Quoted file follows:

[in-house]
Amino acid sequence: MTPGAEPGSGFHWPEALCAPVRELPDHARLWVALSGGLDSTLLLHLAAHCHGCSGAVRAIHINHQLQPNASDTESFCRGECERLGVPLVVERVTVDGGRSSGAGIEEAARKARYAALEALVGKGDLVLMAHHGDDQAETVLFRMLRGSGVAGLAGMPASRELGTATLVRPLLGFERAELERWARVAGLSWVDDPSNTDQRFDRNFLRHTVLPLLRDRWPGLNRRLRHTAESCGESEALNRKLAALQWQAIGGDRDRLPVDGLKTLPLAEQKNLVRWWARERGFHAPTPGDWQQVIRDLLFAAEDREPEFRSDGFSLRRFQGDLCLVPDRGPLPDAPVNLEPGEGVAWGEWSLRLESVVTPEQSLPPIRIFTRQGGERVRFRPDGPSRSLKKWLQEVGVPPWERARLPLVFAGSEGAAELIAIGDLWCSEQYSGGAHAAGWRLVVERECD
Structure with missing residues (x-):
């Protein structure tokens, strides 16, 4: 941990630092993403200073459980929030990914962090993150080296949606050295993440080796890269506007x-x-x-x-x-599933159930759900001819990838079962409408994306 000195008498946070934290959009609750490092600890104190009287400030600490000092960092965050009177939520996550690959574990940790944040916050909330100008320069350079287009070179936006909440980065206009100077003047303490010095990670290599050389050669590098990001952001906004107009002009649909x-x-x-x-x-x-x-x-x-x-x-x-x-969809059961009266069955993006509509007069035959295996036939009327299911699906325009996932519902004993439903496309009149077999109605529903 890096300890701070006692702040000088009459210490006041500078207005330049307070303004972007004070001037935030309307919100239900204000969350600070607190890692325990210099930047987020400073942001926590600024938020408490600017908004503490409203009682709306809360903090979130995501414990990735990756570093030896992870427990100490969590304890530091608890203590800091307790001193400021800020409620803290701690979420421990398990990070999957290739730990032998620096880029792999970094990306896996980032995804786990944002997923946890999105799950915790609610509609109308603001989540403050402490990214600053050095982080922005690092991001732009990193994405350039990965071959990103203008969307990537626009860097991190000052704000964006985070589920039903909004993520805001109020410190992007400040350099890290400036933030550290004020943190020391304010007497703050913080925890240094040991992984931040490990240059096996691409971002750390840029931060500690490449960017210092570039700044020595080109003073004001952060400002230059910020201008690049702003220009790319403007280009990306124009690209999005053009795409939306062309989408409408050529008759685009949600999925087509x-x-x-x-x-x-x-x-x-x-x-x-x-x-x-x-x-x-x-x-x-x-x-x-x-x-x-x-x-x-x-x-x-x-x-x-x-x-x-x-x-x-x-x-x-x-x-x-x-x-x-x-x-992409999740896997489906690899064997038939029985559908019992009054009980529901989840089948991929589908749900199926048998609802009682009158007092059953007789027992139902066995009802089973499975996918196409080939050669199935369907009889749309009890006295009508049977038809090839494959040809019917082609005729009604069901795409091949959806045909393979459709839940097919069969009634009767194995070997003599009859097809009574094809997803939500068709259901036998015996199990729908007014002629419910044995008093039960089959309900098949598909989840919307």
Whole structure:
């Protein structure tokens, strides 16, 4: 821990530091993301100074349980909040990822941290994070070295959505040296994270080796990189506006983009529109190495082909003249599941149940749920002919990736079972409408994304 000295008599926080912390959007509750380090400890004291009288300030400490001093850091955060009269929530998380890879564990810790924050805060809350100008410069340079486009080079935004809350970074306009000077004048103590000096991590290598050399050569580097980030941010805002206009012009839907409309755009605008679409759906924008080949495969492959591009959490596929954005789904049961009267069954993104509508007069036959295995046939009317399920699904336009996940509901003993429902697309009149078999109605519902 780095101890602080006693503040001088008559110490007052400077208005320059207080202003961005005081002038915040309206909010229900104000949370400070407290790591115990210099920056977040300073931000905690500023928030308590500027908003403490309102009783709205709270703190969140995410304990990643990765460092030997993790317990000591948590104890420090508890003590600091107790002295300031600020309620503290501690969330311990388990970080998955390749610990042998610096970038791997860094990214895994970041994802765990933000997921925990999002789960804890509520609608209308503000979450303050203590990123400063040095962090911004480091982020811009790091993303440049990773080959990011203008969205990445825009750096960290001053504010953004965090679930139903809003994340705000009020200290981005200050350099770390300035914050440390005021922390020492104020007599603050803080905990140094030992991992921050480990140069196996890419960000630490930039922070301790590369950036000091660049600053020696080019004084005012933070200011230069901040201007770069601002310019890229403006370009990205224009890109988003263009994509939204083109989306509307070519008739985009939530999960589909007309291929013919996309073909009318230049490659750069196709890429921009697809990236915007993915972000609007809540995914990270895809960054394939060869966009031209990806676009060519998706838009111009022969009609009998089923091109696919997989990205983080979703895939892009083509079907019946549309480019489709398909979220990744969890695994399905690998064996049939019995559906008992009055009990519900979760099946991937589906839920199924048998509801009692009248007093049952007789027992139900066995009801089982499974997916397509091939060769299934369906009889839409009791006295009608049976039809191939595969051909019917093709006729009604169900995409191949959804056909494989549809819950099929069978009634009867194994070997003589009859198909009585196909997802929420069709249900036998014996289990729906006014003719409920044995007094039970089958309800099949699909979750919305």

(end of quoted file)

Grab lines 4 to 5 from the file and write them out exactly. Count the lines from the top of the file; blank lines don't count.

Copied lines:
């Protein structure tokens, strides 16, 4: 941990630092993403200073459980929030990914962090993150080296949606050295993440080796890269506007x-x-x-x-x-599933159930759900001819990838079962409408994306 000195008498946070934290959009609750490092600890104190009287400030600490000092960092965050009177939520996550690959574990940790944040916050909330100008320069350079287009070179936006909440980065206009100077003047303490010095990670290599050389050669590098990001952001906004107009002009649909x-x-x-x-x-x-x-x-x-x-x-x-x-969809059961009266069955993006509509007069035959295996036939009327299911699906325009996932519902004993439903496309009149077999109605529903 890096300890701070006692702040000088009459210490006041500078207005330049307070303004972007004070001037935030309307919100239900204000969350600070607190890692325990210099930047987020400073942001926590600024938020408490600017908004503490409203009682709306809360903090979130995501414990990735990756570093030896992870427990100490969590304890530091608890203590800091307790001193400021800020409620803290701690979420421990398990990070999957290739730990032998620096880029792999970094990306896996980032995804786990944002997923946890999105799950915790609610509609109308603001989540403050402490990214600053050095982080922005690092991001732009990193994405350039990965071959990103203008969307990537626009860097991190000052704000964006985070589920039903909004993520805001109020410190992007400040350099890290400036933030550290004020943190020391304010007497703050913080925890240094040991992984931040490990240059096996691409971002750390840029931060500690490449960017210092570039700044020595080109003073004001952060400002230059910020201008690049702003220009790319403007280009990306124009690209999005053009795409939306062309989408409408050529008759685009949600999925087509x-x-x-x-x-x-x-x-x-x-x-x-x-x-x-x-x-x-x-x-x-x-x-x-x-x-x-x-x-x-x-x-x-x-x-x-x-x-x-x-x-x-x-x-x-x-x-x-x-x-x-x-x-992409999740896997489906690899064997038939029985559908019992009054009980529901989840089948991929589908749900199926048998609802009682009158007092059953007789027992139902066995009802089973499975996918196409080939050669199935369907009889749309009890006295009508049977038809090839494959040809019917082609005729009604069901795409091949959806045909393979459709839940097919069969009634009767194995070997003599009859097809009574094809997803939500068709259901036998015996199990729908007014002629419910044995008093039960089959309900098949598909989840919307």
Whole structure: